In working with injured cyclists, we see a number of recurring scenarios in bicycle accidents in the DC area. When a bicycle-motor vehicle collision occurs, at least one person involved usually does not know how the rules of the road (e.g. the law) apply to cyclists. This ignorance of the law often manifests itself in a presumption that the cyclist must have done something wrong. The result is that in the aftermath of the collision, the cyclist is treated as having caused the collision, even when this is not the case. Unfortunately, this game of “blame the cyclist” often extends to police officers that respond to the scene of a collision.
Recently, the DC Office of Police Complaints released a report on MPD’s enforcement of bicycle laws (which I’ll call the “Bicycle Report”). The Bicycle Report provides a snap shot of the investigative practices of MPD officers in bicycle-motor vehicle crashes. From both the Bicycle Report and the DC DOT’s Bike Program Fact Sheet, we can draw a few conclusions about these types of collisions in the District:
Bicycle Accidents are on the Rise
The most recent Bike Program Fact Sheet (released in Summer 2012) shows that in 2010, there were 435 bicycle crashes in DC, which was the most recent data provided. But the Bicycle Report details that MPD produced 1,198 bicycle-motor vehicle crash reports from January 2011 to November 2012. Although the Bicycle Report does not break this number down by year, I think it’s safe to conclude (given the trend since 2006), that collisions between bicycles and motor vehicles are up at least 35-40% from 2010 to 2012. This most likely corresponds to an increase in the number of cyclists in the DC area in the last few years. However, it highlights the fact that fair enforcement of the rules of the road and accurate reporting of collisions are a growing concern in the area.
MPD Is Inconsistent in Recording the Cyclist’s Recollection of the Collision
The Bicycle Report selected a random sample of 120 from the 1,198 crash reports to do a more thorough review. The report concludes that in 76 of the 120 crash reports, the cyclist was interviewed at the scene. So about 63% of the time, the officer talks with and records what the cyclist says after a collision involving a car. The Bicycle Report later states that these interviews “typically involved bike riders who suffered either no injuries or minor injuries.” What about the other 37% of the time? The Bicycle Report says that in 42 of 120 crash reports, it was either unclear or ambiguous whether the officer had spoken with the cyclist or the officer was unable to speak with the cyclist (which might occur, for example, when the cyclist leaves the scene by ambulance, although police officers are supposed to go to the hospital when this occurs). Although it is notoriously difficult to determine the severity of injuries from MPD crash reports, the Bicycle Report’s findings imply that the collisions where cyclists suffer more significant injuries are the same crash reports that show no evidence that the cyclist was interviewed.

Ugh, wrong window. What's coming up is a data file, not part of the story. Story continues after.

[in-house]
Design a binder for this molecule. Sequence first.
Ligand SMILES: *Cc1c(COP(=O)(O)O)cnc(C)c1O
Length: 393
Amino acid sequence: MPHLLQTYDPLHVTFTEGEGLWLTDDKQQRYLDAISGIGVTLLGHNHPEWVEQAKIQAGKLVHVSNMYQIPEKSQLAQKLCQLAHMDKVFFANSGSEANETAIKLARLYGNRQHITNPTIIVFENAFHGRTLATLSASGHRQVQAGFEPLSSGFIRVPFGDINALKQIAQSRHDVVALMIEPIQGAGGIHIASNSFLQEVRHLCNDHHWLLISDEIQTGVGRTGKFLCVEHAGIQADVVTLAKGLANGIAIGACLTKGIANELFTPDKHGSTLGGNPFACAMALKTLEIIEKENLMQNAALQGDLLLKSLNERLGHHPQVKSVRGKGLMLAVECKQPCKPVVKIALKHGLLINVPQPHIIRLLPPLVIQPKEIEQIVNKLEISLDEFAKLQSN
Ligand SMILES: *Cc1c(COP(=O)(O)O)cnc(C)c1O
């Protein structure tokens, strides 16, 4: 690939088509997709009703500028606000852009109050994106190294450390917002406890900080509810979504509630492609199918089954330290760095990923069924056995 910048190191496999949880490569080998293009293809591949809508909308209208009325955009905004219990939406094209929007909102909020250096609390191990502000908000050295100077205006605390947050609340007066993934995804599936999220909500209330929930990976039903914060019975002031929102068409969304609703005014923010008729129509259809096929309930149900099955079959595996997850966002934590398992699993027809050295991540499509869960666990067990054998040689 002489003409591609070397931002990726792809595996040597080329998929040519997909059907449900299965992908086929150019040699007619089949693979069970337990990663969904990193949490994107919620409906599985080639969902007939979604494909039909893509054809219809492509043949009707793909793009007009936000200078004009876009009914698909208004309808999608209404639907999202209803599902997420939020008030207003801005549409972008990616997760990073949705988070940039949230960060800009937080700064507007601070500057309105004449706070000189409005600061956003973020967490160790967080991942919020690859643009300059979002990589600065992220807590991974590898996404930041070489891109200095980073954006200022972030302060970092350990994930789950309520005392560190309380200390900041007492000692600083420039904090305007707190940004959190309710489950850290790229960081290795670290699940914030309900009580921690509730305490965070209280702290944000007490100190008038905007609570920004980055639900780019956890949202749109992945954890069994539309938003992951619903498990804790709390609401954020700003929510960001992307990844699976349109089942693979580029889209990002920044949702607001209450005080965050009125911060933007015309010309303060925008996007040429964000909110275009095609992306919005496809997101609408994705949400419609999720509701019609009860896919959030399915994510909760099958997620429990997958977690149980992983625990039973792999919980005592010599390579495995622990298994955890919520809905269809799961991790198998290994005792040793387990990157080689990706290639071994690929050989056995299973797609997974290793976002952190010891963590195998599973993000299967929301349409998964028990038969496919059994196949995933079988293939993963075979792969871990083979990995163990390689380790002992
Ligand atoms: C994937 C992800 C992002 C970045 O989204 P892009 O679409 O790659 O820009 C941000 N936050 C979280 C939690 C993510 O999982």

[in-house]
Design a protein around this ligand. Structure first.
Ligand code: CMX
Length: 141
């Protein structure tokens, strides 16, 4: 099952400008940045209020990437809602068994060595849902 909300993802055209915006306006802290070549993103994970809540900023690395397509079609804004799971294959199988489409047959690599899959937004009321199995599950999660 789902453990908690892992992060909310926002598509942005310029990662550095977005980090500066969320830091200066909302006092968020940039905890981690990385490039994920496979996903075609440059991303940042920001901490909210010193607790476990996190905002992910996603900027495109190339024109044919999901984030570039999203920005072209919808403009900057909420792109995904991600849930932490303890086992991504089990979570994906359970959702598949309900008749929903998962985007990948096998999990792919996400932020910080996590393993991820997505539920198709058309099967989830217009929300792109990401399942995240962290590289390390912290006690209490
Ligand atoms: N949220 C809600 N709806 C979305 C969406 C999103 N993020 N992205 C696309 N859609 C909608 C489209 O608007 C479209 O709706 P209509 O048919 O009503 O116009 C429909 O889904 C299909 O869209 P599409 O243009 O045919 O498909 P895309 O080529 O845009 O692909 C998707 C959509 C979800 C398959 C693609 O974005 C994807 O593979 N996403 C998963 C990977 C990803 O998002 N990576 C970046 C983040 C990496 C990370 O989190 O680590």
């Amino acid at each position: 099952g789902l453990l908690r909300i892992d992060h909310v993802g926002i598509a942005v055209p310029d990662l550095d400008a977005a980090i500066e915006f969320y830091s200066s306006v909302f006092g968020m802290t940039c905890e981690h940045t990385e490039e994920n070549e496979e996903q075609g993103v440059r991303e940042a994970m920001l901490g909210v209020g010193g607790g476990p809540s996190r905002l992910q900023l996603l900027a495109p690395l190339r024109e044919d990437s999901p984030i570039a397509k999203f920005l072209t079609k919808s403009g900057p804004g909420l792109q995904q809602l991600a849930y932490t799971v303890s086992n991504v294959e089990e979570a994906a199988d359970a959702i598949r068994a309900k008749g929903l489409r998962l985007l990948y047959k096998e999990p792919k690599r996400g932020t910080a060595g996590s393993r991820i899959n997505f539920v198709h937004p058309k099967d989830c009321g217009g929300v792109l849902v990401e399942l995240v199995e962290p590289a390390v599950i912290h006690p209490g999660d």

MPD Never Performs Supplemental Investigation in Bicycle-Motor Vehicle Collisions
As the Bicycle Report notes, “if an officer obtains additional information after submitting the report, the officer is required to submit the supplemental information on a PD 252” (basically, a separate report). Of the 120 reports that were randomly selected for review, none (as in, zero) had a PD 252. “MPD also conducted its own search for PD 252s, but could not find any.” So the takeaway is that if the investigation doesn’t happen immediately, it’s not going to happen. Again, this is more likely to affect an injured cyclist who is taken from the scene by ambulance.
Fortunately, it appears that there is reason to hope that change is in the works. First, to quote Justice Brandeis, “sunlight is said to be the best of disinfectants.” It is good that the Office of Police Complaints is specifically reviewing the work of law enforcement in bicycle-motor vehicle collisions. There is a suggestion to create an annual report specifically on bicycle-motor vehicle collisions that would help build a baseline to improve our local policies. Second, the MPD is apparently engaging with the DC Bicycle Advisory Council (BAC), which is tasked with advising the DC government on bicycle-related matters. The Bicycle Report says that the BAC has seen unprecedented interest from MPD lately. Third, the Bicycle Report states that the MPD is receptive to improving bicycle safety in DC by providing more officer training, bike-mounted patrols, and encouraging better reporting after collisions. I think all of these efforts could lead to improvement in the accuracy of MPD crash reports. An inaccurate or one-sided police report dramatically decreases the likelihood that you will obtain a fair settlement without litigation. This is the last thing you want while trying to recover from being hit by a car.